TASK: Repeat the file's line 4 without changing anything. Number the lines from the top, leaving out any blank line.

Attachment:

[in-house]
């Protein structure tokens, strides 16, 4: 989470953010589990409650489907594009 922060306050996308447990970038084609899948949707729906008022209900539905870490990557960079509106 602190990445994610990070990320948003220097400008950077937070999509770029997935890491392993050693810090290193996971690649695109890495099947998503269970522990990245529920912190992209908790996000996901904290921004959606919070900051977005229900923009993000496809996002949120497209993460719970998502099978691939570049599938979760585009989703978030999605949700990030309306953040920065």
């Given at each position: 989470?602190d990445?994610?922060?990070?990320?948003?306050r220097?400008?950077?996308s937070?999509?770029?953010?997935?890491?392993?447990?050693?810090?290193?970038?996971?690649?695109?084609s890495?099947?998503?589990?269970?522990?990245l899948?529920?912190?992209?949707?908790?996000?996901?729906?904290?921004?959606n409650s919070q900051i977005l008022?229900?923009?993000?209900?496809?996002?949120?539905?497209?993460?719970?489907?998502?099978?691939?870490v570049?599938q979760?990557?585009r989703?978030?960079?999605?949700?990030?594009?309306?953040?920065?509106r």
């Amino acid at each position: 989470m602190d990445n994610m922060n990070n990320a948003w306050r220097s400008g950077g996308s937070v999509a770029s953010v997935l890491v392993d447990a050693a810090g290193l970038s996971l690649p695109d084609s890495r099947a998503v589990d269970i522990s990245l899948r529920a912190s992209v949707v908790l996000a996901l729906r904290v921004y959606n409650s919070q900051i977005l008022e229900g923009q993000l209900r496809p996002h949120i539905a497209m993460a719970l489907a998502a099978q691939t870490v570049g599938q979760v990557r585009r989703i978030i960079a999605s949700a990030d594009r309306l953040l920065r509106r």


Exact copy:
């Amino acid at each position: 989470m602190d990445n994610m922060n990070n990320a948003w306050r220097s400008g950077g996308s937070v999509a770029s953010v997935l890491v392993d447990a050693a810090g290193l970038s996971l690649p695109d084609s890495r099947a998503v589990d269970i522990s990245l899948r529920a912190s992209v949707v908790l996000a996901l729906r904290v921004y959606n409650s919070q900051i977005l008022e229900g923009q993000l209900r496809p996002h949120i539905a497209m993460a719970l489907a998502a099978q691939t870490v570049g599938q979760v990557r585009r989703i978030i960079a999605s949700a990030d594009r309306l953040l920065r509106r």